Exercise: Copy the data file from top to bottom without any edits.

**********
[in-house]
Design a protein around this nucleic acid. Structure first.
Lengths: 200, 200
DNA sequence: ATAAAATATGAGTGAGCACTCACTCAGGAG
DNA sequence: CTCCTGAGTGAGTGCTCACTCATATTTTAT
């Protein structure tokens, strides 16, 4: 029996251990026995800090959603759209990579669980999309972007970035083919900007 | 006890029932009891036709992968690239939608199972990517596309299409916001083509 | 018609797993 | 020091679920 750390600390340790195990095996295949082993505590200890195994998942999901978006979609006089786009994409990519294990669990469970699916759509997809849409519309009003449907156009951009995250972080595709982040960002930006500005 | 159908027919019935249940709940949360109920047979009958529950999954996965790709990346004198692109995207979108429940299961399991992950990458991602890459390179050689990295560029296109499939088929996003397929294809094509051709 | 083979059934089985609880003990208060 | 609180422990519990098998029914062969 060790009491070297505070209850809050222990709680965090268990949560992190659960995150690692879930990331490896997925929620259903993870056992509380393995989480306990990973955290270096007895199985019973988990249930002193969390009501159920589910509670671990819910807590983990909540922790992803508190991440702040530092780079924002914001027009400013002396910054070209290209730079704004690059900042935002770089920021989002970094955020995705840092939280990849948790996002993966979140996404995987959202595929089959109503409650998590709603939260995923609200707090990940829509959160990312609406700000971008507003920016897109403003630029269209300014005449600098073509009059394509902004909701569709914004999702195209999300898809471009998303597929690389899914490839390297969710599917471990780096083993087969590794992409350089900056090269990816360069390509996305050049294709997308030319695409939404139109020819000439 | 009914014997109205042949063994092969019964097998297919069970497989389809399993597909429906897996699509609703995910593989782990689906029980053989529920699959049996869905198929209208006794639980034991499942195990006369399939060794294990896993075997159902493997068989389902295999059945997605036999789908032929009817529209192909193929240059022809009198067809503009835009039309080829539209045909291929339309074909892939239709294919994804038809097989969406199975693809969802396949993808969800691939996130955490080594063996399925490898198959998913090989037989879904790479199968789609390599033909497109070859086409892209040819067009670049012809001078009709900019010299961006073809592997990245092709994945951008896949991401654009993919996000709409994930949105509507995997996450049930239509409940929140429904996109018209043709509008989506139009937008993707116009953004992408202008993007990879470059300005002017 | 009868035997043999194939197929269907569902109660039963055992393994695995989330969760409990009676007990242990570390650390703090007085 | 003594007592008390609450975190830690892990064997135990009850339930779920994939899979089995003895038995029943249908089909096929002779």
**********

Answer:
[in-house]
Design a protein around this nucleic acid. Structure first.
Lengths: 200, 200
DNA sequence: ATAAAATATGAGTGAGCACTCACTCAGGAG
DNA sequence: CTCCTGAGTGAGTGCTCACTCATATTTTAT
């Protein structure tokens, strides 16, 4: 029996251990026995800090959603759209990579669980999309972007970035083919900007 | 006890029932009891036709992968690239939608199972990517596309299409916001083509 | 018609797993 | 020091679920 750390600390340790195990095996295949082993505590200890195994998942999901978006979609006089786009994409990519294990669990469970699916759509997809849409519309009003449907156009951009995250972080595709982040960002930006500005 | 159908027919019935249940709940949360109920047979009958529950999954996965790709990346004198692109995207979108429940299961399991992950990458991602890459390179050689990295560029296109499939088929996003397929294809094509051709 | 083979059934089985609880003990208060 | 609180422990519990098998029914062969 060790009491070297505070209850809050222990709680965090268990949560992190659960995150690692879930990331490896997925929620259903993870056992509380393995989480306990990973955290270096007895199985019973988990249930002193969390009501159920589910509670671990819910807590983990909540922790992803508190991440702040530092780079924002914001027009400013002396910054070209290209730079704004690059900042935002770089920021989002970094955020995705840092939280990849948790996002993966979140996404995987959202595929089959109503409650998590709603939260995923609200707090990940829509959160990312609406700000971008507003920016897109403003630029269209300014005449600098073509009059394509902004909701569709914004999702195209999300898809471009998303597929690389899914490839390297969710599917471990780096083993087969590794992409350089900056090269990816360069390509996305050049294709997308030319695409939404139109020819000439 | 009914014997109205042949063994092969019964097998297919069970497989389809399993597909429906897996699509609703995910593989782990689906029980053989529920699959049996869905198929209208006794639980034991499942195990006369399939060794294990896993075997159902493997068989389902295999059945997605036999789908032929009817529209192909193929240059022809009198067809503009835009039309080829539209045909291929339309074909892939239709294919994804038809097989969406199975693809969802396949993808969800691939996130955490080594063996399925490898198959998913090989037989879904790479199968789609390599033909497109070859086409892209040819067009670049012809001078009709900019010299961006073809592997990245092709994945951008896949991401654009993919996000709409994930949105509507995997996450049930239509409940929140429904996109018209043709509008989506139009937008993707116009953004992408202008993007990879470059300005002017 | 009868035997043999194939197929269907569902109660039963055992393994695995989330969760409990009676007990242990570390650390703090007085 | 003594007592008390609450975190830690892990064997135990009850339930779920994939899979089995003895038995029943249908089909096929002779």